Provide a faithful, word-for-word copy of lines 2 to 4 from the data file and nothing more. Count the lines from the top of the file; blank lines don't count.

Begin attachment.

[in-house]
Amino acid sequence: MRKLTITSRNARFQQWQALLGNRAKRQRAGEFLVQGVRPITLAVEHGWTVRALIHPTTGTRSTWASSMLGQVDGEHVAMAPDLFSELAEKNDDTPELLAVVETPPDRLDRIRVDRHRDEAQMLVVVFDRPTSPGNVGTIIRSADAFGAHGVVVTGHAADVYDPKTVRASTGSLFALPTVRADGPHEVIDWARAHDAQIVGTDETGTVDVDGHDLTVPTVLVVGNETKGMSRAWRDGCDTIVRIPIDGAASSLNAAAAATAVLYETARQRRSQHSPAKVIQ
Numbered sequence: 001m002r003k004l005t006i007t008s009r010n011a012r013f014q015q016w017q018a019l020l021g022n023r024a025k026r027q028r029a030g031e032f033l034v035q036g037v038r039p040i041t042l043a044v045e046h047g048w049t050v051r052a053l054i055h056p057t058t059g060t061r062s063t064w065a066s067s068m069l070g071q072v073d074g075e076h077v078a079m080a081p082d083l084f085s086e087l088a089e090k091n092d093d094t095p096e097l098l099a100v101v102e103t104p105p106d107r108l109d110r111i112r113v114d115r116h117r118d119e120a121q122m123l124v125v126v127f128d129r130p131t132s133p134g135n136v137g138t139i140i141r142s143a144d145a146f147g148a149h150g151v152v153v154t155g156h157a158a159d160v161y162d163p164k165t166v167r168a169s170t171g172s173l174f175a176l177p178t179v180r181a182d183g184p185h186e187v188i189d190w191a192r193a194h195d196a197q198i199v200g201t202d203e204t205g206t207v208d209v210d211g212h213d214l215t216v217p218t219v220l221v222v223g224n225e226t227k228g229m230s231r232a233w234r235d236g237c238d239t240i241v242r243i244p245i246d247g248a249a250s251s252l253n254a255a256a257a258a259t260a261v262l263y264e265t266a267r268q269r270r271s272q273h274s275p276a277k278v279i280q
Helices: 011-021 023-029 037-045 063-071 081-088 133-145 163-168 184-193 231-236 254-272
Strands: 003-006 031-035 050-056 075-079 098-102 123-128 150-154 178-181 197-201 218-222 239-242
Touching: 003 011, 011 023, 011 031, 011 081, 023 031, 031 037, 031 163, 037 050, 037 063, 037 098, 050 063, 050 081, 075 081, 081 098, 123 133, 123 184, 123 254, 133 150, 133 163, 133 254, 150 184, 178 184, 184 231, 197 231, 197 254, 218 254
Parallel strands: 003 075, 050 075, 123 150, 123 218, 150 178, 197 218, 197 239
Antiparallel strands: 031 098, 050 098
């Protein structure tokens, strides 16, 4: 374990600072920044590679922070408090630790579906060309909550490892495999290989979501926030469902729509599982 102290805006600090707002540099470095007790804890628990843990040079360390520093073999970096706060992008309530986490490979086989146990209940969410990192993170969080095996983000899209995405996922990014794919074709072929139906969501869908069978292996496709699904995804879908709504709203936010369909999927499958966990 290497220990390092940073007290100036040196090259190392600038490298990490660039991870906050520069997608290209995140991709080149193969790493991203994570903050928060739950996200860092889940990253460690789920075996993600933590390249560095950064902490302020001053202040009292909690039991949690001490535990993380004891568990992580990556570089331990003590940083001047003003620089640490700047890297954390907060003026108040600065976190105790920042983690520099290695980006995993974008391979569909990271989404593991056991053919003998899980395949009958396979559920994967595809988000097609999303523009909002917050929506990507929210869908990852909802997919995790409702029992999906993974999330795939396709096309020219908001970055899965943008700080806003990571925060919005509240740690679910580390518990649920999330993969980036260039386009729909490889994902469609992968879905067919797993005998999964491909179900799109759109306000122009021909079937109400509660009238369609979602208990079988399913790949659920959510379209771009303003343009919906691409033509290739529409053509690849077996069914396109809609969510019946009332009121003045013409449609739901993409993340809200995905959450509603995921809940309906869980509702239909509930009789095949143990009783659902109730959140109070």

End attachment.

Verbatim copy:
Amino acid sequence: MRKLTITSRNARFQQWQALLGNRAKRQRAGEFLVQGVRPITLAVEHGWTVRALIHPTTGTRSTWASSMLGQVDGEHVAMAPDLFSELAEKNDDTPELLAVVETPPDRLDRIRVDRHRDEAQMLVVVFDRPTSPGNVGTIIRSADAFGAHGVVVTGHAADVYDPKTVRASTGSLFALPTVRADGPHEVIDWARAHDAQIVGTDETGTVDVDGHDLTVPTVLVVGNETKGMSRAWRDGCDTIVRIPIDGAASSLNAAAAATAVLYETARQRRSQHSPAKVIQ
Numbered sequence: 001m002r003k004l005t006i007t008s009r010n011a012r013f014q015q016w017q018a019l020l021g022n023r024a025k026r027q028r029a030g031e032f033l034v035q036g037v038r039p040i041t042l043a044v045e046h047g048w049t050v051r052a053l054i055h056p057t058t059g060t061r062s063t064w065a066s067s068m069l070g071q072v073d074g075e076h077v078a079m080a081p082d083l084f085s086e087l088a089e090k091n092d093d094t095p096e097l098l099a100v101v102e103t104p105p106d107r108l109d110r111i112r113v114d115r116h117r118d119e120a121q122m123l124v125v126v127f128d129r130p131t132s133p134g135n136v137g138t139i140i141r142s143a144d145a146f147g148a149h150g151v152v153v154t155g156h157a158a159d160v161y162d163p164k165t166v167r168a169s170t171g172s173l174f175a176l177p178t179v180r181a182d183g184p185h186e187v188i189d190w191a192r193a194h195d196a197q198i199v200g201t202d203e204t205g206t207v208d209v210d211g212h213d214l215t216v217p218t219v220l221v222v223g224n225e226t227k228g229m230s231r232a233w234r235d236g237c238d239t240i241v242r243i244p245i246d247g248a249a250s251s252l253n254a255a256a257a258a259t260a261v262l263y264e265t266a267r268q269r270r271s272q273h274s275p276a277k278v279i280q
Helices: 011-021 023-029 037-045 063-071 081-088 133-145 163-168 184-193 231-236 254-272